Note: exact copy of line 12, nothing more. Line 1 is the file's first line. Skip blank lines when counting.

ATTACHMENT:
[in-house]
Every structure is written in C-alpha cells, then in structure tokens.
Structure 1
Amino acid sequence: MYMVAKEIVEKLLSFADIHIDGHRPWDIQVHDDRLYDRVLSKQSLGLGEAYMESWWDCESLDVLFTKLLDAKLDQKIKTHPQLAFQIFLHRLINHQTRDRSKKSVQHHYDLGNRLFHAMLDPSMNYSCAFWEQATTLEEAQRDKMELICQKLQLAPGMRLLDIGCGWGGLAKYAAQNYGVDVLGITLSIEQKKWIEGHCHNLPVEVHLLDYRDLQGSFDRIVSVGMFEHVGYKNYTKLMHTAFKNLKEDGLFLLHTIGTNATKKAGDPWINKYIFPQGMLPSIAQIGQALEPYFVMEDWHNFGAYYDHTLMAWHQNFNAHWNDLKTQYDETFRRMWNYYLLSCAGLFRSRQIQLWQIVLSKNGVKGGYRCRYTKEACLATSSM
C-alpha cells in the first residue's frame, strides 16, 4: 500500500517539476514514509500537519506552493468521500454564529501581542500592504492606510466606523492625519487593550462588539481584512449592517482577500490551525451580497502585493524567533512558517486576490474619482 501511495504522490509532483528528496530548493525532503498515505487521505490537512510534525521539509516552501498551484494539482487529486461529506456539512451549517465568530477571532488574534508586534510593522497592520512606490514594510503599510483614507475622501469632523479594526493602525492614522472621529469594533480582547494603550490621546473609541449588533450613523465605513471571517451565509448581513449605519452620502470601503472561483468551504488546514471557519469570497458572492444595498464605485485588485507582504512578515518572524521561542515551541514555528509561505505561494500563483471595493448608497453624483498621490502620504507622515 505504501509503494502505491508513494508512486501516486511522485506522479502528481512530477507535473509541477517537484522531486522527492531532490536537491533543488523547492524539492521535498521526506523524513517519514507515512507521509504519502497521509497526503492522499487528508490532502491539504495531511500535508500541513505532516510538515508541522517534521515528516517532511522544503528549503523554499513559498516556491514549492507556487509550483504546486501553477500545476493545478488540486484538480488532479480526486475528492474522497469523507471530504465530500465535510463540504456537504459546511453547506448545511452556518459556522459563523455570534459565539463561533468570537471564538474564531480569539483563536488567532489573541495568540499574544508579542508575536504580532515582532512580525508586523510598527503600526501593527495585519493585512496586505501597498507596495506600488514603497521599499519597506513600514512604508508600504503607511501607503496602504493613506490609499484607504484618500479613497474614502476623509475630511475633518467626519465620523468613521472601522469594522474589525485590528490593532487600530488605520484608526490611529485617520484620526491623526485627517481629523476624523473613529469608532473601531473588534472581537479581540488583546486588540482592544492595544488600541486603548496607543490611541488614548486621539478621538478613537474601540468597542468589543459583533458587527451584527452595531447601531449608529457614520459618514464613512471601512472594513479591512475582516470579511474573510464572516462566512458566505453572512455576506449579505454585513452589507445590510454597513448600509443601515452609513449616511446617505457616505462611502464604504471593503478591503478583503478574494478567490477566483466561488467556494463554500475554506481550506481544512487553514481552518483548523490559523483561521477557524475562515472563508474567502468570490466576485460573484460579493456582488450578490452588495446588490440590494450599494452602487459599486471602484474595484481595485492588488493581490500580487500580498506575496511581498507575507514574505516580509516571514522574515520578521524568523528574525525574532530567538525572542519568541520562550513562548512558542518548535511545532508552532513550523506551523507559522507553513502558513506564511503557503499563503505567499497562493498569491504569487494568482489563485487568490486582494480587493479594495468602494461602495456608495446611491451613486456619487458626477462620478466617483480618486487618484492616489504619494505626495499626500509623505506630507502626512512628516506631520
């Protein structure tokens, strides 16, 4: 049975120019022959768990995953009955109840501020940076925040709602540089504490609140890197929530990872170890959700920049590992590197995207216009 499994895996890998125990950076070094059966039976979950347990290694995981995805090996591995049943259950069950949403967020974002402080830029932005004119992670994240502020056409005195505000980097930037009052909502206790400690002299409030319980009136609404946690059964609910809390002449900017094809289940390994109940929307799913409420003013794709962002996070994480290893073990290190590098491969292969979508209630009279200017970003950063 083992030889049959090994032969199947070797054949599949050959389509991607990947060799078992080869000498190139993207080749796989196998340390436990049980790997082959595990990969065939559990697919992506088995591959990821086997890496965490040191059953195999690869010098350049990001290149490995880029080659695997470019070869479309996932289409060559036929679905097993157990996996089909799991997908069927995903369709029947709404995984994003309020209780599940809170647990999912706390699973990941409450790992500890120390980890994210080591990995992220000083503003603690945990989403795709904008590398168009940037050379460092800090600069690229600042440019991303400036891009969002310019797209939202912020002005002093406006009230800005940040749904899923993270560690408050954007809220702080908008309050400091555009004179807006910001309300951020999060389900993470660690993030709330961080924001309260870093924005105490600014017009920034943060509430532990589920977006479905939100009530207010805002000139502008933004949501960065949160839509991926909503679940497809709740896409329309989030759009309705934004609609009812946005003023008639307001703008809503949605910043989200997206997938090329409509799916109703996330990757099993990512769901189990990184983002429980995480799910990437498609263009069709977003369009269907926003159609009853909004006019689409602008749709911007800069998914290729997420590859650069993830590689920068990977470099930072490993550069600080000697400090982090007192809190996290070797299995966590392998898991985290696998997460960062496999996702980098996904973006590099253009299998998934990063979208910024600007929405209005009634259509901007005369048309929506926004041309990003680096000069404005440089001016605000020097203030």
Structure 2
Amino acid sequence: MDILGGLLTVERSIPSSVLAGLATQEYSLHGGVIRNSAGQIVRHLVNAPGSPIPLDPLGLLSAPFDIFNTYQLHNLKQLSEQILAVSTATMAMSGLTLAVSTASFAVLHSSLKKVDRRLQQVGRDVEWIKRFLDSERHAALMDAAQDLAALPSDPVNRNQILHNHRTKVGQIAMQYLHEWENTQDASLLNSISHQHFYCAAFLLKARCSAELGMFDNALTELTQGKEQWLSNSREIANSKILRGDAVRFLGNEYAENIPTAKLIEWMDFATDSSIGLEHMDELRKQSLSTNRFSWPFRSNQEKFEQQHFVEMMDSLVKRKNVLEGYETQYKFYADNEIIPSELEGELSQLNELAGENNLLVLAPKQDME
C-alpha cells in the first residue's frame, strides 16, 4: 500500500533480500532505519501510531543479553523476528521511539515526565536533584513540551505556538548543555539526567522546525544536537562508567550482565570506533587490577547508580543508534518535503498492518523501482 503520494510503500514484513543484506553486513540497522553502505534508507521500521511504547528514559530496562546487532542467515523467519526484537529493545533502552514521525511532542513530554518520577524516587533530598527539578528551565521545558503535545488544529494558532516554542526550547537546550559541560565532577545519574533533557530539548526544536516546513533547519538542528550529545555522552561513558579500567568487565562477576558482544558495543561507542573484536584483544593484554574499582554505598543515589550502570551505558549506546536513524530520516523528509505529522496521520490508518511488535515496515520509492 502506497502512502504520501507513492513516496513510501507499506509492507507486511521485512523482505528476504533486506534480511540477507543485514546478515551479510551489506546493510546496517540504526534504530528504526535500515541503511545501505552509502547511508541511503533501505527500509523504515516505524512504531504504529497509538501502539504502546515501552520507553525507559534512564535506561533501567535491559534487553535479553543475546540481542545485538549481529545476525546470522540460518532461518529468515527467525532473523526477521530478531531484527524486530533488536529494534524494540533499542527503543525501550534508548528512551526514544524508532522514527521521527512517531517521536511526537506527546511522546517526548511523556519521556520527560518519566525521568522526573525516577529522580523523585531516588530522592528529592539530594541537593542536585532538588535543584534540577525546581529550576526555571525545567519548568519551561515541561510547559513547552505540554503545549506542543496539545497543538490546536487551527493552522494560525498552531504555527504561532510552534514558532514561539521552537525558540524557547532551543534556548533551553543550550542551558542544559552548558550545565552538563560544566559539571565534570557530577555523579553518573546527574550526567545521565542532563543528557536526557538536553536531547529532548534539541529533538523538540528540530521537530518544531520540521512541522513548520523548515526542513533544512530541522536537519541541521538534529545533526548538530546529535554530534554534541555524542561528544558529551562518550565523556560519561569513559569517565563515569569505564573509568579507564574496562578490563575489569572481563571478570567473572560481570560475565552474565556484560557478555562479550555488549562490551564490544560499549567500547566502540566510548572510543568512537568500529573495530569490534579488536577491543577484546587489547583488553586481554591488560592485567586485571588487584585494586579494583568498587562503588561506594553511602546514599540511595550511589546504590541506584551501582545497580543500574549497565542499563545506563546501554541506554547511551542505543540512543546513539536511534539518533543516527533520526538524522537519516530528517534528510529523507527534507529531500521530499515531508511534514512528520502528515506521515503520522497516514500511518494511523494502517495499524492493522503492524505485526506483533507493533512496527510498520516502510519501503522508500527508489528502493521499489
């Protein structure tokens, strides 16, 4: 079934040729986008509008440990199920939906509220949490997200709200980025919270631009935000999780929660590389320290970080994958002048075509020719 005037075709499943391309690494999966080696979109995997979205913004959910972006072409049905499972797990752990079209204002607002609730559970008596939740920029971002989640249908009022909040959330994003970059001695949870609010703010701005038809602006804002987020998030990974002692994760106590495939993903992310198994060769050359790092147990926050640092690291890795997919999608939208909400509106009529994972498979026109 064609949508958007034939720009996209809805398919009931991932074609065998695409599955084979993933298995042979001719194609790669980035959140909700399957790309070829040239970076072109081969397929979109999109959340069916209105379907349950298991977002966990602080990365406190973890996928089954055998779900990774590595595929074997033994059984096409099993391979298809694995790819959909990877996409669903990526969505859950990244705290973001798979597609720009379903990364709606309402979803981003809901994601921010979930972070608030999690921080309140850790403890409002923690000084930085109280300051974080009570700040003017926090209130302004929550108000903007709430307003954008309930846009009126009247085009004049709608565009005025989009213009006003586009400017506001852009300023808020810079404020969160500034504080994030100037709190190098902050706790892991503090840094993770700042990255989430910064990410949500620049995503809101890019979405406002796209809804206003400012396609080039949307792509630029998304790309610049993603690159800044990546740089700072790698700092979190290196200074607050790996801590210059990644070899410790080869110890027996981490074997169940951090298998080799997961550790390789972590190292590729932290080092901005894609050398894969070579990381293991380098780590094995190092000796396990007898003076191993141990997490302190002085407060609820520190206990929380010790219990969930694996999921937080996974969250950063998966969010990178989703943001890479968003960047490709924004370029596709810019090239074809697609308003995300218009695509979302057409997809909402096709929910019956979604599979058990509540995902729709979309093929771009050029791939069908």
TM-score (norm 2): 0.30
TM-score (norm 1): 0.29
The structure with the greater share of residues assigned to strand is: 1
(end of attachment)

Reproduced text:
TM-score (norm 1): 0.29